Other participants, clearly irritated by what could be taken as Okada's efforts to get local residents to accept the existing plan, shouted, ''Why don't you decide at an early date to move the facility out the prefecture?'' and ''Are you going to sacrifice Okinawa?''

Meanwhile, outside the public hall, members of civic groups complained that the event was a closed-door meeting, thus limiting the number of people who could take part.

According to the event's organizers, participants in the meeting -- the first 10 minutes of which were open to the media -- were rank-and-file DPJ members.

Yoshitami Oshiro, a 69-year-old Nago city assembly member, criticized Okada for ''mostly making excuses'' in the meeting and said, ''I wonder what he came for.''

Denny Tamaki, the DPJ lawmaker who arranged the meeting, stressed the significance of having Okada directly hear the voices of Okinawa citizens, but admitted that he did not know how the minister would reflect the opinions he had heard in the discussion process with the United States and with other Japanese ministers.

The citizens' meeting was not the only event that day at which Okada's attitude drew criticism.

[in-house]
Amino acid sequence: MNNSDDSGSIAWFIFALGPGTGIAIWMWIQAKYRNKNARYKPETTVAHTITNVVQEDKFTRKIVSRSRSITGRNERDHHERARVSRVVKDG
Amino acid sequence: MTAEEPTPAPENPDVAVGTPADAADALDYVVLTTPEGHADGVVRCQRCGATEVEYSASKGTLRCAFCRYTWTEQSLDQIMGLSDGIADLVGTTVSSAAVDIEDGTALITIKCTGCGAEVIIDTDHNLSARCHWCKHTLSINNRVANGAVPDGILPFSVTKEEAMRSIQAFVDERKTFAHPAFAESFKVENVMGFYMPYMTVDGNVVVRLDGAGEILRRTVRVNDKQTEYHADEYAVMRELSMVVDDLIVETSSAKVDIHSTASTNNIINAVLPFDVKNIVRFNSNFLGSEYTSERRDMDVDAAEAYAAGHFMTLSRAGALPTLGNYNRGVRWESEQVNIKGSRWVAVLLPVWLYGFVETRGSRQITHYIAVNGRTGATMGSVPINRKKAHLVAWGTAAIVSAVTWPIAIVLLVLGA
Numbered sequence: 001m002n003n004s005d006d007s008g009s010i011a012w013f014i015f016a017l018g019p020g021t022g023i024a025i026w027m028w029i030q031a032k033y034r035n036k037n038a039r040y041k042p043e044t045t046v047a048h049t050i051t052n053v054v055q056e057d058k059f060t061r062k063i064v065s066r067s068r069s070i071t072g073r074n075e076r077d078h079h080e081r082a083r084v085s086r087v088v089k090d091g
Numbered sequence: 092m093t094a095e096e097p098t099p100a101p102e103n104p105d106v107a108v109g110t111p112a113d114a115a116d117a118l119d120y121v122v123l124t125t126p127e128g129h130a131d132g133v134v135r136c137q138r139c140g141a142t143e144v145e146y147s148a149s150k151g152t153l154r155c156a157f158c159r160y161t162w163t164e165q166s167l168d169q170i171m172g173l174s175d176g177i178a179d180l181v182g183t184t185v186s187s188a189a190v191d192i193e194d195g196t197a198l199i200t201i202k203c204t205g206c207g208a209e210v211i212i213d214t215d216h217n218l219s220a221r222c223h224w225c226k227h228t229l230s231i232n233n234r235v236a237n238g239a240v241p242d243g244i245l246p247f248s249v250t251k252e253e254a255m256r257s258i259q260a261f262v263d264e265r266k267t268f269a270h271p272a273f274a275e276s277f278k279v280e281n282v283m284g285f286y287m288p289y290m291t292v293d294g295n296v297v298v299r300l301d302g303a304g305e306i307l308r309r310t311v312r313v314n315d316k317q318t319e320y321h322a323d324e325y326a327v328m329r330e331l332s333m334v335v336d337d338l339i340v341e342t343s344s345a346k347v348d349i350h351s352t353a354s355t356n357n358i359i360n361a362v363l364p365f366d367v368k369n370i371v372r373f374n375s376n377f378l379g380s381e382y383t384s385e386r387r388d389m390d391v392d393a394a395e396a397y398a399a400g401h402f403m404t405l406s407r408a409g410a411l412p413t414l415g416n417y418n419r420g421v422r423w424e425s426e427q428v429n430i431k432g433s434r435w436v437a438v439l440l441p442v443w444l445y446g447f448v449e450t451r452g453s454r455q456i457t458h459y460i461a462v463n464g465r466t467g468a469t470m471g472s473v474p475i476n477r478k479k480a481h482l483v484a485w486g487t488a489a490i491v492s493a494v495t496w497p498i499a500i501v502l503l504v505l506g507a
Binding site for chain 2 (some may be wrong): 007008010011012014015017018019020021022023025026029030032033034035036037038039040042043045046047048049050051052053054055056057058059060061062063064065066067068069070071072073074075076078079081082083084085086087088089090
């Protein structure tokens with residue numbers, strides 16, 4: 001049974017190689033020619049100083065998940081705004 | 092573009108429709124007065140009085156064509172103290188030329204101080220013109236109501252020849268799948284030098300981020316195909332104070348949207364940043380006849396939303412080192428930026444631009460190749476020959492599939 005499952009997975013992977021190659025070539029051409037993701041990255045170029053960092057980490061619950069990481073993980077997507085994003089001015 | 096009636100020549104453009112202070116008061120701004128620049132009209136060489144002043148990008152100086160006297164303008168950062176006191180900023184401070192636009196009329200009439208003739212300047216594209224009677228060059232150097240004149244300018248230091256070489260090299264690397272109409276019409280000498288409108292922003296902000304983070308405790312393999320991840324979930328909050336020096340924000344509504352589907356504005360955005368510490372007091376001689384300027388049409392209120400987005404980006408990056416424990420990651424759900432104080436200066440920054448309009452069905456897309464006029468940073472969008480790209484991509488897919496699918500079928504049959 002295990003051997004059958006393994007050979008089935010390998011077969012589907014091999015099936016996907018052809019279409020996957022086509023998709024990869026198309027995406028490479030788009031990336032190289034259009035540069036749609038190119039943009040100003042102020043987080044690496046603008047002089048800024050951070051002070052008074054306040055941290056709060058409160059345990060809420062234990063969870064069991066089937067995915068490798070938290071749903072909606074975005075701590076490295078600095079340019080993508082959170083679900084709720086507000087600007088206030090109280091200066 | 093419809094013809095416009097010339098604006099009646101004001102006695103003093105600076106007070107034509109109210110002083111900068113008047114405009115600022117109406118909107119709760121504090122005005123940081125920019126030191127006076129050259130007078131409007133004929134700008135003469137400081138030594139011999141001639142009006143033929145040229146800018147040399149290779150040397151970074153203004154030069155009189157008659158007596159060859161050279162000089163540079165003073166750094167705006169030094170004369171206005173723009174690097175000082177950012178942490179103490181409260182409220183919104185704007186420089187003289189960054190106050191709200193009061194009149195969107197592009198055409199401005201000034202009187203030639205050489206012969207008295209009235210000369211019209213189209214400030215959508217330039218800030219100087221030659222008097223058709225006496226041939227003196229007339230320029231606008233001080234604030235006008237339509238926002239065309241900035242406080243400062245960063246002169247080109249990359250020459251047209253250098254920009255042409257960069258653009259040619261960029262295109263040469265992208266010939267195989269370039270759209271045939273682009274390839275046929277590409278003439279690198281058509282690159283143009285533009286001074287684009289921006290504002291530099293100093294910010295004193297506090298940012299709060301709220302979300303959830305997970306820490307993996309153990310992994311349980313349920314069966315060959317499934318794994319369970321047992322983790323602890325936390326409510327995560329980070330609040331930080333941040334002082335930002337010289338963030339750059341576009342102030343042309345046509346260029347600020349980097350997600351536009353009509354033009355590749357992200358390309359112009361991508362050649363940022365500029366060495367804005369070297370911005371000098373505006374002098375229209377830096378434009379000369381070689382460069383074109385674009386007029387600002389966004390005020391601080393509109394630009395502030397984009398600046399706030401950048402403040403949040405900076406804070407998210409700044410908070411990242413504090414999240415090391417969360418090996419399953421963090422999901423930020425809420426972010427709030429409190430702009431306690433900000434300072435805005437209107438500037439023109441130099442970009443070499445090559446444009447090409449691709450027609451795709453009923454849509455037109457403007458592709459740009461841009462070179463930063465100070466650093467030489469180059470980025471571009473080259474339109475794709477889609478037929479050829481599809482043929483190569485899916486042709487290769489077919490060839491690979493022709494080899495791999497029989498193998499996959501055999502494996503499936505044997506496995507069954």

In the morning, Ginowan Mayor Yoichi Iha told reporters about a meeting with Okada to discuss the relocation issue.

''The minister was quite irritated...because what I said was different from his idea,'' Iha said. ''I felt as if I was being accused.''

''I also got the impression that the minister is being cornered,'' he added.

Okada, for his part, made no attempt to conceal his discomfort during a press conference Saturday in the city of Naha before returning to Tokyo.

''I am not sure whether I can say with confidence how much the relationship of trust between Japan and the United States will be maintained in the event that we cannot realize the (existing) Japan-U.S. agreement,'' he said.

''There have been doubts as to whether the issue can be settled by the end of the year and it has become a real problem. So, as a foreign minister, I must break the stalemate,'' he said, without elaborating on what he has in mind.

He also indicated to a local daily the same day that he will drop the idea of moving the Futemma facility to the nearby Kadena Air Base -- the option he had floated as a possible alternative to the existing Japan-U.S. agreement.

Negotiations with the United States over the issue ''are reaching their limit,'' he was quoted as saying.

While Okada urged Prime Minister Yukio Hatoyama during the press conference to come to an early decision on the issue, possibly in line with the existing plan, officials close to Hatoyama are still talking tough.

''There is no need to be afraid of the United States. It was impossible in the first place to settle the issue by the end of the year,'' a government source said.

Under the 2006 deal, Tokyo and Washington agreed to transfer the Futemma air station to the coastal area of the Henoko district in Nago by 2014. The deal also includes the transfer of around 8,000 Marines to Guam from Okinawa.